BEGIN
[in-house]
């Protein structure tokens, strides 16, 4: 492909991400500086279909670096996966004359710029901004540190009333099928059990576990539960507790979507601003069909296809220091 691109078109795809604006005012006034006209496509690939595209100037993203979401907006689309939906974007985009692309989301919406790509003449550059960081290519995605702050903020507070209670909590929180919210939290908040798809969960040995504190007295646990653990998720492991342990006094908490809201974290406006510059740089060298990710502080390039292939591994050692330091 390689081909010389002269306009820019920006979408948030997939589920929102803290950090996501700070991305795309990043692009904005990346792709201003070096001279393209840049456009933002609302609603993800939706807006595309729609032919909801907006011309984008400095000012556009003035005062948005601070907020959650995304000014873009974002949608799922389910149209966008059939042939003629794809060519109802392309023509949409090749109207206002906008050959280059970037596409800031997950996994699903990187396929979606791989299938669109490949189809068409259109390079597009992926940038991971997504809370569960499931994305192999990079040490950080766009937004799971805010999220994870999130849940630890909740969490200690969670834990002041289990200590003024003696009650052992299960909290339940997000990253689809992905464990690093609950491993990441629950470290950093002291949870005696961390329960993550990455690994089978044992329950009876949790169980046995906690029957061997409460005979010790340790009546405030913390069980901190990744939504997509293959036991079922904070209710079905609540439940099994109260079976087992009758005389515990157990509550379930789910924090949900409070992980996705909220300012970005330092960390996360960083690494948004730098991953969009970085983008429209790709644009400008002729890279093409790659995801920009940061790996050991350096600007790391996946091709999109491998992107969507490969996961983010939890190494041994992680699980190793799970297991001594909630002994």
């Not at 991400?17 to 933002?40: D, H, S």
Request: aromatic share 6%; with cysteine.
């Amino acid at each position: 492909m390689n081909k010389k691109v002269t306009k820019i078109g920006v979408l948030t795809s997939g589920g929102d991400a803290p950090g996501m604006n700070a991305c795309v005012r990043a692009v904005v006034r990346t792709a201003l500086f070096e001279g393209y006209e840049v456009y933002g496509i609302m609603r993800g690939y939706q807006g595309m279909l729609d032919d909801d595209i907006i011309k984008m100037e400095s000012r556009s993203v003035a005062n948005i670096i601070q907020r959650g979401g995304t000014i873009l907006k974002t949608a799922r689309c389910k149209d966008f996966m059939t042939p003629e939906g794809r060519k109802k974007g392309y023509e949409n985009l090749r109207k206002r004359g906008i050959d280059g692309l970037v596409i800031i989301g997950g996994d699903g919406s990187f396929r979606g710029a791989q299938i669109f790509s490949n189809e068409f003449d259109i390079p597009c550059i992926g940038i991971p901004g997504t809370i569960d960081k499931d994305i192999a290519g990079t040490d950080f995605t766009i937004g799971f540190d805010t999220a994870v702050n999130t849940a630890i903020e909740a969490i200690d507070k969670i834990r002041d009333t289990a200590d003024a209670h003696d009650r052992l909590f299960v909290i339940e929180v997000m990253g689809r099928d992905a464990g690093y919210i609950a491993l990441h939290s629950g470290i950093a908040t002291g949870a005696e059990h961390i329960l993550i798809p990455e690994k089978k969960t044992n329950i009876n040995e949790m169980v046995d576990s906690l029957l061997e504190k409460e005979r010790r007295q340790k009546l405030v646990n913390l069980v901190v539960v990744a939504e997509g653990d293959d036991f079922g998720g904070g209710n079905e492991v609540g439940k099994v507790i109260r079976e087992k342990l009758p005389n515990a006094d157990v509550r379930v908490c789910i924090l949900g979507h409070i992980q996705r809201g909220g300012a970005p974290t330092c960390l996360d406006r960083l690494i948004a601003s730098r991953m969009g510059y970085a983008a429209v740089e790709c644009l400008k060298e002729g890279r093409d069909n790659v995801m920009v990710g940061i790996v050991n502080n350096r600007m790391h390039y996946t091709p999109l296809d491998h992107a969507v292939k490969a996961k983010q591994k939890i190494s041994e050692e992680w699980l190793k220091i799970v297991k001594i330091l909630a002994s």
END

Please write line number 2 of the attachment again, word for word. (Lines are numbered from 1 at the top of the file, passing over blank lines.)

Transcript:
């Protein structure tokens, strides 16, 4: 492909991400500086279909670096996966004359710029901004540190009333099928059990576990539960507790979507601003069909296809220091 691109078109795809604006005012006034006209496509690939595209100037993203979401907006689309939906974007985009692309989301919406790509003449550059960081290519995605702050903020507070209670909590929180919210939290908040798809969960040995504190007295646990653990998720492991342990006094908490809201974290406006510059740089060298990710502080390039292939591994050692330091 390689081909010389002269306009820019920006979408948030997939589920929102803290950090996501700070991305795309990043692009904005990346792709201003070096001279393209840049456009933002609302609603993800939706807006595309729609032919909801907006011309984008400095000012556009003035005062948005601070907020959650995304000014873009974002949608799922389910149209966008059939042939003629794809060519109802392309023509949409090749109207206002906008050959280059970037596409800031997950996994699903990187396929979606791989299938669109490949189809068409259109390079597009992926940038991971997504809370569960499931994305192999990079040490950080766009937004799971805010999220994870999130849940630890909740969490200690969670834990002041289990200590003024003696009650052992299960909290339940997000990253689809992905464990690093609950491993990441629950470290950093002291949870005696961390329960993550990455690994089978044992329950009876949790169980046995906690029957061997409460005979010790340790009546405030913390069980901190990744939504997509293959036991079922904070209710079905609540439940099994109260079976087992009758005389515990157990509550379930789910924090949900409070992980996705909220300012970005330092960390996360960083690494948004730098991953969009970085983008429209790709644009400008002729890279093409790659995801920009940061790996050991350096600007790391996946091709999109491998992107969507490969996961983010939890190494041994992680699980190793799970297991001594909630002994």